https://www.flickr.com/photos/stuart166axe/16019984653
« Last Edit: February 27, 2017, 04:19:19 pm by Karhedron »
Well, that's just not good enough. Some fount of all knowledge you are!  :no:  ;)

Steamie+

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Re: Farish Auto Trailer 374-611
« Reply #19 on: February 28, 2017, 04:27:38 am »
Great looking coaches there guys, but can you excuse my ignorance, what is a auto-coach used for and why do you see them behind a loco, may be a really stupid question this.    :thumbsup:

Offline railsquid

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Re: Farish Auto Trailer 374-611
« Reply #20 on: February 28, 2017, 08:03:21 am »
Great looking coaches there guys, but can you excuse my ignorance, what is a auto-coach used for and why do you see them behind a loco, may be a really stupid question this.    :thumbsup:
Think of them as steam-era DVTs with control via mechanical linkages, with the driver in the front and the fireman in the locomotive. The locomotive can be sandwiched between two autotrailers. I believe it might be possible to have one additional coach between locomotive and autotrailer. Am no expert, I just acquired some by accident once, so no doubt someone will be along with more detail.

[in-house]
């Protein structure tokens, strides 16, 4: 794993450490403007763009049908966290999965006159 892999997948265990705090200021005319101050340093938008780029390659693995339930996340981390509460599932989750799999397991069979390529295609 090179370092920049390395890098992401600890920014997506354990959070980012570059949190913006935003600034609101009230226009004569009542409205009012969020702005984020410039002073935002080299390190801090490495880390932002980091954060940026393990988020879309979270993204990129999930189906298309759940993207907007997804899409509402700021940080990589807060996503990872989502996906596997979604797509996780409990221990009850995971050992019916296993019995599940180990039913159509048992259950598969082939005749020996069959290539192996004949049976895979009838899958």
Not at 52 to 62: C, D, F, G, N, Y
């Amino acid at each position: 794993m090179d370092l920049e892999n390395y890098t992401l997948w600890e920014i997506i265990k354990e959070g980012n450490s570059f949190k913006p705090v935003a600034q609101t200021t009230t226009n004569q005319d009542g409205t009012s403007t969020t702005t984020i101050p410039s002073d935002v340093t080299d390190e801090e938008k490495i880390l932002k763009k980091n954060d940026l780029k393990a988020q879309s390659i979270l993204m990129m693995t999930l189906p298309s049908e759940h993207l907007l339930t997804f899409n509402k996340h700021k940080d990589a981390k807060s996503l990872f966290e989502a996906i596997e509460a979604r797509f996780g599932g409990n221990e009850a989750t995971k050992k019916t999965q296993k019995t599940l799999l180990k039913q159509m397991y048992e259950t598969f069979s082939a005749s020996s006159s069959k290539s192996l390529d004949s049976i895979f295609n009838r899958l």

Takahachikawa - Japanese and other trains

Birmingham Knotmore Street - (ex) GWR mainline through the Midlands

Offline Karhedron

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Re: Farish Auto Trailer 374-611
« Reply #21 on: February 28, 2017, 08:46:56 am »
Railsquid is spot on. Even in steam days, the railway companies realised you could save time (and hence money) by having a push-pull arrangement meaning that the locomotive did not have to run around its coaches at the end of each journey. All of the Big 4 had push-pull trains to some extent but the GWR specialised in them, particularly for branchline work (although they were also used for some suburban services in more built-up areas).
Well, that's just not good enough. Some fount of all knowledge you are!  :no:  ;)

Offline msr

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Re: Farish Auto Trailer 374-611
« Reply #22 on: February 28, 2017, 09:19:20 am »